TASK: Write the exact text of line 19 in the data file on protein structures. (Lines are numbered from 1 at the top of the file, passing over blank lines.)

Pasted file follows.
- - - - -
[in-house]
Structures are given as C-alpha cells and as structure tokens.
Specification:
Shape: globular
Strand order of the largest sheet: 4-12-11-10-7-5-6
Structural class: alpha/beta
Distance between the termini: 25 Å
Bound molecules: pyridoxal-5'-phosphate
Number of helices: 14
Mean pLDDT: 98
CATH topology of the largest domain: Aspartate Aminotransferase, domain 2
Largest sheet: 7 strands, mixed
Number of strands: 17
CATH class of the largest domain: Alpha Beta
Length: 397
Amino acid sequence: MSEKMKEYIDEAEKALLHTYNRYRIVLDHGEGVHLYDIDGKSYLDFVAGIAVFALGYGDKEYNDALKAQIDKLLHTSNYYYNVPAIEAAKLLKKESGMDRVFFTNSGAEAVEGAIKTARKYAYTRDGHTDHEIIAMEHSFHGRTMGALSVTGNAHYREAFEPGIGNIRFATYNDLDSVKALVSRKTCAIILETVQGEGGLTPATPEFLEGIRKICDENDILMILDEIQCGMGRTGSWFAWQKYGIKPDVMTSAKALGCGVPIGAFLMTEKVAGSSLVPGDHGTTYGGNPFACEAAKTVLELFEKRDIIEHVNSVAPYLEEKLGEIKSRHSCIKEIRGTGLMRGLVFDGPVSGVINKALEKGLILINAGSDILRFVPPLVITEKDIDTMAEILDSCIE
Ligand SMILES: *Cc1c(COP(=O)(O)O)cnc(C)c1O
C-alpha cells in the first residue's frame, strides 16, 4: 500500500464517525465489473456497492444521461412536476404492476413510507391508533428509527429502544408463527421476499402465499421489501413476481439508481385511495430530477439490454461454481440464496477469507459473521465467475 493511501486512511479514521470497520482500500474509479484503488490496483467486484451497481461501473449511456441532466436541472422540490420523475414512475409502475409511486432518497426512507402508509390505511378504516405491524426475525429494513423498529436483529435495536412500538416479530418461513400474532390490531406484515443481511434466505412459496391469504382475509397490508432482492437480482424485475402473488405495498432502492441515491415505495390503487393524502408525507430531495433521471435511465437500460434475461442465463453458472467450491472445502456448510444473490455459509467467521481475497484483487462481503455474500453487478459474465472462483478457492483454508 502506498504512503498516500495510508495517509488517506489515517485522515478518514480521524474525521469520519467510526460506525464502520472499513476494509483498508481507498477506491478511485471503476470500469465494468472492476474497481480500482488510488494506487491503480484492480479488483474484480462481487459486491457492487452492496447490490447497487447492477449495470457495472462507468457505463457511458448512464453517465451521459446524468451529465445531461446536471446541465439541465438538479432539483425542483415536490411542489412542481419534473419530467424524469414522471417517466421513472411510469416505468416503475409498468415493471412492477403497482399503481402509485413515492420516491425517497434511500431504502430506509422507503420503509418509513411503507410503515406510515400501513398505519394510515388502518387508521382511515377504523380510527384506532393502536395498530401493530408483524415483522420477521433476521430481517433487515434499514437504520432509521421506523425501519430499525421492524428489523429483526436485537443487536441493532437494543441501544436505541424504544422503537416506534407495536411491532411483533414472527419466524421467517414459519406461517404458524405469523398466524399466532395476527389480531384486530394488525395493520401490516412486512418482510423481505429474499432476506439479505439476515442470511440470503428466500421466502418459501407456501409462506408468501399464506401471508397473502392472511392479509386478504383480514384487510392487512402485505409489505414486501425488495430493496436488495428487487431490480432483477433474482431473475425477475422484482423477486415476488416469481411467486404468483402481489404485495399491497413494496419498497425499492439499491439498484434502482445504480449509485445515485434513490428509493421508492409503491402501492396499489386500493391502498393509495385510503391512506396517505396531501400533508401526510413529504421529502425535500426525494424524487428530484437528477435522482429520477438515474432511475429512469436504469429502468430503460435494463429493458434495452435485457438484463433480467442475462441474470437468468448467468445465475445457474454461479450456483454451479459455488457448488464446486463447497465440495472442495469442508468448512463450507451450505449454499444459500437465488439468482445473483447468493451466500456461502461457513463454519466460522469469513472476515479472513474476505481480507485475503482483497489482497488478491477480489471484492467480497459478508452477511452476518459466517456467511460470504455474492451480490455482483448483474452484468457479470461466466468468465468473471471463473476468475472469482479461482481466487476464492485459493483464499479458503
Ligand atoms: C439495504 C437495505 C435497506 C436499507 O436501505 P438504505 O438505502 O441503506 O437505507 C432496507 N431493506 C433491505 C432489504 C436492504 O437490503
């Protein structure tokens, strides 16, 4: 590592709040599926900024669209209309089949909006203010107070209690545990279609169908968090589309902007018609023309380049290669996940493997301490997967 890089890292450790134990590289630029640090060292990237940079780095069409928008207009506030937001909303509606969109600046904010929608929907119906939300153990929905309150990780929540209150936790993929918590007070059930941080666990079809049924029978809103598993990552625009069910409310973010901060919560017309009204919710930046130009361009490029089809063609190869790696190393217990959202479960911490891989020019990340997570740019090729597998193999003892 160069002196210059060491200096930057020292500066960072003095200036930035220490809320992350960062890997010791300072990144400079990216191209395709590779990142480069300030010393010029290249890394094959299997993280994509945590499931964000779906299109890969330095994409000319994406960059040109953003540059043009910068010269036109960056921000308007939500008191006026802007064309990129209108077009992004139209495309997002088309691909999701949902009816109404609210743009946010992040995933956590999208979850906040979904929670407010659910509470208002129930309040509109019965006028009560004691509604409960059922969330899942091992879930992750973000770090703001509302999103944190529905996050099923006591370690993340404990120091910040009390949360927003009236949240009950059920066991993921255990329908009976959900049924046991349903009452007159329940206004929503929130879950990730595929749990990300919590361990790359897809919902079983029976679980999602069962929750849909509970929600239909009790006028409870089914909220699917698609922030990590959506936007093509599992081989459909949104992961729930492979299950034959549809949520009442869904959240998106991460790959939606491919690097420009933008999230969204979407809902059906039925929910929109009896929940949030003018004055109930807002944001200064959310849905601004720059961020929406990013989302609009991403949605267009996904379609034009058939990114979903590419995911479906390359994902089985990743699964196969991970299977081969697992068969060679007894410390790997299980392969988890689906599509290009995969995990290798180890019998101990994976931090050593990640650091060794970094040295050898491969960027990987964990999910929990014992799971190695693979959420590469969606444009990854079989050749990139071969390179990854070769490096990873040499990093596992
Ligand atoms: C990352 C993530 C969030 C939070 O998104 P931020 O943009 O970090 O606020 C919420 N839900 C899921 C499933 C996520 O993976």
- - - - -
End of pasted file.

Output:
Ligand atoms: C439495504 C437495505 C435497506 C436499507 O436501505 P438504505 O438505502 O441503506 O437505507 C432496507 N431493506 C433491505 C432489504 C436492504 O437490503